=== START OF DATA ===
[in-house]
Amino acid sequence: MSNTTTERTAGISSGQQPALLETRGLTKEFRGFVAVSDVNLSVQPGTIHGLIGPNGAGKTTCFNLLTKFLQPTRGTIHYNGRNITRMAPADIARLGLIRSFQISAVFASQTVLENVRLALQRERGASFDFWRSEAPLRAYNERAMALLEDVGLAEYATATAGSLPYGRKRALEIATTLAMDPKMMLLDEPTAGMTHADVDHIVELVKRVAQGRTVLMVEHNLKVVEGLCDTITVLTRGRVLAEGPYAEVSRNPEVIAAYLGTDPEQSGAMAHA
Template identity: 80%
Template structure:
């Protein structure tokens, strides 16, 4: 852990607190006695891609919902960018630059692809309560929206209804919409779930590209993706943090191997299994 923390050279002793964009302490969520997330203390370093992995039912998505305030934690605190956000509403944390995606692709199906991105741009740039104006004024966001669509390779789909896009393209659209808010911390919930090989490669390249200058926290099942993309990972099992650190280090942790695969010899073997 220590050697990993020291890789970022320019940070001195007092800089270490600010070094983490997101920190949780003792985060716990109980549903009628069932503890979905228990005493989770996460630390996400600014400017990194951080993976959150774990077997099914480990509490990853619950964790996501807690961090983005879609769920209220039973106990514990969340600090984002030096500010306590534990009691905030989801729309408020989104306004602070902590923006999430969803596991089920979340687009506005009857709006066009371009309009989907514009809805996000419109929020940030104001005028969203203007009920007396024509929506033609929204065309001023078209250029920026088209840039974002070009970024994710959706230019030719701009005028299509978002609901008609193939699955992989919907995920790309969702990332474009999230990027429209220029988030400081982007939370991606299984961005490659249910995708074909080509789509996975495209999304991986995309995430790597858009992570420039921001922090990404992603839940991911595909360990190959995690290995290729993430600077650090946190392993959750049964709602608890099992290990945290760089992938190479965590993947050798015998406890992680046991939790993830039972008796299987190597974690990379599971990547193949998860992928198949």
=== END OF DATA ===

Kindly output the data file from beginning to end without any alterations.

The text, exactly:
[in-house]
Amino acid sequence: MSNTTTERTAGISSGQQPALLETRGLTKEFRGFVAVSDVNLSVQPGTIHGLIGPNGAGKTTCFNLLTKFLQPTRGTIHYNGRNITRMAPADIARLGLIRSFQISAVFASQTVLENVRLALQRERGASFDFWRSEAPLRAYNERAMALLEDVGLAEYATATAGSLPYGRKRALEIATTLAMDPKMMLLDEPTAGMTHADVDHIVELVKRVAQGRTVLMVEHNLKVVEGLCDTITVLTRGRVLAEGPYAEVSRNPEVIAAYLGTDPEQSGAMAHA
Template identity: 80%
Template structure:
């Protein structure tokens, strides 16, 4: 852990607190006695891609919902960018630059692809309560929206209804919409779930590209993706943090191997299994 923390050279002793964009302490969520997330203390370093992995039912998505305030934690605190956000509403944390995606692709199906991105741009740039104006004024966001669509390779789909896009393209659209808010911390919930090989490669390249200058926290099942993309990972099992650190280090942790695969010899073997 220590050697990993020291890789970022320019940070001195007092800089270490600010070094983490997101920190949780003792985060716990109980549903009628069932503890979905228990005493989770996460630390996400600014400017990194951080993976959150774990077997099914480990509490990853619950964790996501807690961090983005879609769920209220039973106990514990969340600090984002030096500010306590534990009691905030989801729309408020989104306004602070902590923006999430969803596991089920979340687009506005009857709006066009371009309009989907514009809805996000419109929020940030104001005028969203203007009920007396024509929506033609929204065309001023078209250029920026088209840039974002070009970024994710959706230019030719701009005028299509978002609901008609193939699955992989919907995920790309969702990332474009999230990027429209220029988030400081982007939370991606299984961005490659249910995708074909080509789509996975495209999304991986995309995430790597858009992570420039921001922090990404992603839940991911595909360990190959995690290995290729993430600077650090946190392993959750049964709602608890099992290990945290760089992938190479965590993947050798015998406890992680046991939790993830039972008796299987190597974690990379599971990547193949998860992928198949």